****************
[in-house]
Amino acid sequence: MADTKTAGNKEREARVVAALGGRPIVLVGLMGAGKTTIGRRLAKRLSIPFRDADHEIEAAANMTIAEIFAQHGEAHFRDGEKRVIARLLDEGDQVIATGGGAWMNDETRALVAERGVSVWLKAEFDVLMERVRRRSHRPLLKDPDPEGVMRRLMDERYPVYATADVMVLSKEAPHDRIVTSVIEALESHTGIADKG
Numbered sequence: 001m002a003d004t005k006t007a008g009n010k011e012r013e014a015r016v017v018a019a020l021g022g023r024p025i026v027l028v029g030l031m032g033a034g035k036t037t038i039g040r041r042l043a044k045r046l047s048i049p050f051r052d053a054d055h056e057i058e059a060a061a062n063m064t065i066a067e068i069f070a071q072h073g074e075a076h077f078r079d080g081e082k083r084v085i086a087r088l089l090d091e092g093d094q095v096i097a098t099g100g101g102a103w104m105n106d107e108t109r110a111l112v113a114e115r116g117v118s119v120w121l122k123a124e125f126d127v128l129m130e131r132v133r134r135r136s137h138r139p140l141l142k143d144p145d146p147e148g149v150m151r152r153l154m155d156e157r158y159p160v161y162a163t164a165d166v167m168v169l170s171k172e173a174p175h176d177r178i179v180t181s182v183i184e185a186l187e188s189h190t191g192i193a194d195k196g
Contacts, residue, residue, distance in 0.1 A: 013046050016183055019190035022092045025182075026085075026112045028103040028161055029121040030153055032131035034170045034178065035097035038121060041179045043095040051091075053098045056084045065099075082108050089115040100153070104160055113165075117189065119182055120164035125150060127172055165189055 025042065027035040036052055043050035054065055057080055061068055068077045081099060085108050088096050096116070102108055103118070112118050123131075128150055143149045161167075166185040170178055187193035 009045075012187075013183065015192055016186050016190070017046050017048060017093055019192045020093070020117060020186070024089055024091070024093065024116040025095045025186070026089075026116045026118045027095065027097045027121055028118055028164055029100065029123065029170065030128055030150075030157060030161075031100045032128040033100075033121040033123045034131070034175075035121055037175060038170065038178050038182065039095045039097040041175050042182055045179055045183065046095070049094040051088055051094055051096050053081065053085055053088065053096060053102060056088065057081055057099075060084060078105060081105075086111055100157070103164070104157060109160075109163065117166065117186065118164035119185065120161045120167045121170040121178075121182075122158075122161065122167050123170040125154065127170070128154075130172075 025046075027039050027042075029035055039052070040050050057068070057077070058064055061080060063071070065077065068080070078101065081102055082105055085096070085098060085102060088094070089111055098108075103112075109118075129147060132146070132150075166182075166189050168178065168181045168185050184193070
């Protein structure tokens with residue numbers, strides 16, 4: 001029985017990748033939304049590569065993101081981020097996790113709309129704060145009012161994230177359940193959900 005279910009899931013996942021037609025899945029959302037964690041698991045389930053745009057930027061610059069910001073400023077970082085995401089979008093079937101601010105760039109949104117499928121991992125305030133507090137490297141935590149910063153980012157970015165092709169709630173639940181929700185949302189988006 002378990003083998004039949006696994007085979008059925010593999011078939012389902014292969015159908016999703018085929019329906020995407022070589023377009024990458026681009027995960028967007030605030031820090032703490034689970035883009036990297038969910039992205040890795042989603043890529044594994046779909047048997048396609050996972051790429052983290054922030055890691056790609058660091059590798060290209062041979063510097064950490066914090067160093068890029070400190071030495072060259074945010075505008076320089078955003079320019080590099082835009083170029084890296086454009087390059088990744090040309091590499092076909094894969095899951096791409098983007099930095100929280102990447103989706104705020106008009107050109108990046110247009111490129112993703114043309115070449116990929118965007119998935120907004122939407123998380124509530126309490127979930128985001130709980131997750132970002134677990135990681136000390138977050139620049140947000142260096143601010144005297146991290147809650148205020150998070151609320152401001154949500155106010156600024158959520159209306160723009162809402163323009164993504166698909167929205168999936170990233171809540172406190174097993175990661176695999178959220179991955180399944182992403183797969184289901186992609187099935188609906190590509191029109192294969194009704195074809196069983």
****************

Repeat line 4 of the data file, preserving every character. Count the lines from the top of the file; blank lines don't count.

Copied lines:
Contacts, residue, residue, distance in 0.1 A: 013046050016183055019190035022092045025182075026085075026112045028103040028161055029121040030153055032131035034170045034178065035097035038121060041179045043095040051091075053098045056084045065099075082108050089115040100153070104160055113165075117189065119182055120164035125150060127172055165189055 025042065027035040036052055043050035054065055057080055061068055068077045081099060085108050088096050096116070102108055103118070112118050123131075128150055143149045161167075166185040170178055187193035 009045075012187075013183065015192055016186050016190070017046050017048060017093055019192045020093070020117060020186070024089055024091070024093065024116040025095045025186070026089075026116045026118045027095065027097045027121055028118055028164055029100065029123065029170065030128055030150075030157060030161075031100045032128040033100075033121040033123045034131070034175075035121055037175060038170065038178050038182065039095045039097040041175050042182055045179055045183065046095070049094040051088055051094055051096050053081065053085055053088065053096060053102060056088065057081055057099075060084060078105060081105075086111055100157070103164070104157060109160075109163065117166065117186065118164035119185065120161045120167045121170040121178075121182075122158075122161065122167050123170040125154065127170070128154075130172075 025046075027039050027042075029035055039052070040050050057068070057077070058064055061080060063071070065077065068080070078101065081102055082105055085096070085098060085102060088094070089111055098108075103112075109118075129147060132146070132150075166182075166189050168178065168181045168185050184193070